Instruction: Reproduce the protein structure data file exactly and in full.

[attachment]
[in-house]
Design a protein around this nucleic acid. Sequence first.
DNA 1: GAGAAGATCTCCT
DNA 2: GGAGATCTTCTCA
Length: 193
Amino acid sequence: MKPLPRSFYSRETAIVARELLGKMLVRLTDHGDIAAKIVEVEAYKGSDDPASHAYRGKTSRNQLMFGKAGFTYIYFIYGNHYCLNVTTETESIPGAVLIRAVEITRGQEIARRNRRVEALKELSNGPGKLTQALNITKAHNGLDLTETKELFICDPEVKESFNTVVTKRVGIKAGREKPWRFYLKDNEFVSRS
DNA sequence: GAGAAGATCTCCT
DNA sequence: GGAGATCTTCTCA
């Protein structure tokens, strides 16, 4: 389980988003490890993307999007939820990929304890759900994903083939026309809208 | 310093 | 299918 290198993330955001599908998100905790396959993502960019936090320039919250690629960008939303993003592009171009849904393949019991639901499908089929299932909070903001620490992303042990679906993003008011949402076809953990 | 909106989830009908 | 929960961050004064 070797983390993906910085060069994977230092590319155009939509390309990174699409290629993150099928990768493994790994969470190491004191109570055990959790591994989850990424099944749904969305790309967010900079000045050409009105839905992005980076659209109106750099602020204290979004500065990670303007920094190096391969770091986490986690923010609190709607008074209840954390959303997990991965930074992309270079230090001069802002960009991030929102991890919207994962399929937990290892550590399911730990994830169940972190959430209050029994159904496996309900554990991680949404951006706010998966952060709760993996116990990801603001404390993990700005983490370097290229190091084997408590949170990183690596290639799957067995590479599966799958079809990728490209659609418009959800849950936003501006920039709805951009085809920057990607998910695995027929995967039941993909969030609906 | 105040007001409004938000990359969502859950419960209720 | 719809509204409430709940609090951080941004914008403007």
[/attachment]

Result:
[in-house]
Design a protein around this nucleic acid. Sequence first.
DNA 1: GAGAAGATCTCCT
DNA 2: GGAGATCTTCTCA
Length: 193
Amino acid sequence: MKPLPRSFYSRETAIVARELLGKMLVRLTDHGDIAAKIVEVEAYKGSDDPASHAYRGKTSRNQLMFGKAGFTYIYFIYGNHYCLNVTTETESIPGAVLIRAVEITRGQEIARRNRRVEALKELSNGPGKLTQALNITKAHNGLDLTETKELFICDPEVKESFNTVVTKRVGIKAGREKPWRFYLKDNEFVSRS
DNA sequence: GAGAAGATCTCCT
DNA sequence: GGAGATCTTCTCA
């Protein structure tokens, strides 16, 4: 389980988003490890993307999007939820990929304890759900994903083939026309809208 | 310093 | 299918 290198993330955001599908998100905790396959993502960019936090320039919250690629960008939303993003592009171009849904393949019991639901499908089929299932909070903001620490992303042990679906993003008011949402076809953990 | 909106989830009908 | 929960961050004064 070797983390993906910085060069994977230092590319155009939509390309990174699409290629993150099928990768493994790994969470190491004191109570055990959790591994989850990424099944749904969305790309967010900079000045050409009105839905992005980076659209109106750099602020204290979004500065990670303007920094190096391969770091986490986690923010609190709607008074209840954390959303997990991965930074992309270079230090001069802002960009991030929102991890919207994962399929937990290892550590399911730990994830169940972190959430209050029994159904496996309900554990991680949404951006706010998966952060709760993996116990990801603001404390993990700005983490370097290229190091084997408590949170990183690596290639799957067995590479599966799958079809990728490209659609418009959800849950936003501006920039709805951009085809920057990607998910695995027929995967039941993909969030609906 | 105040007001409004938000990359969502859950419960209720 | 719809509204409430709940609090951080941004914008403007």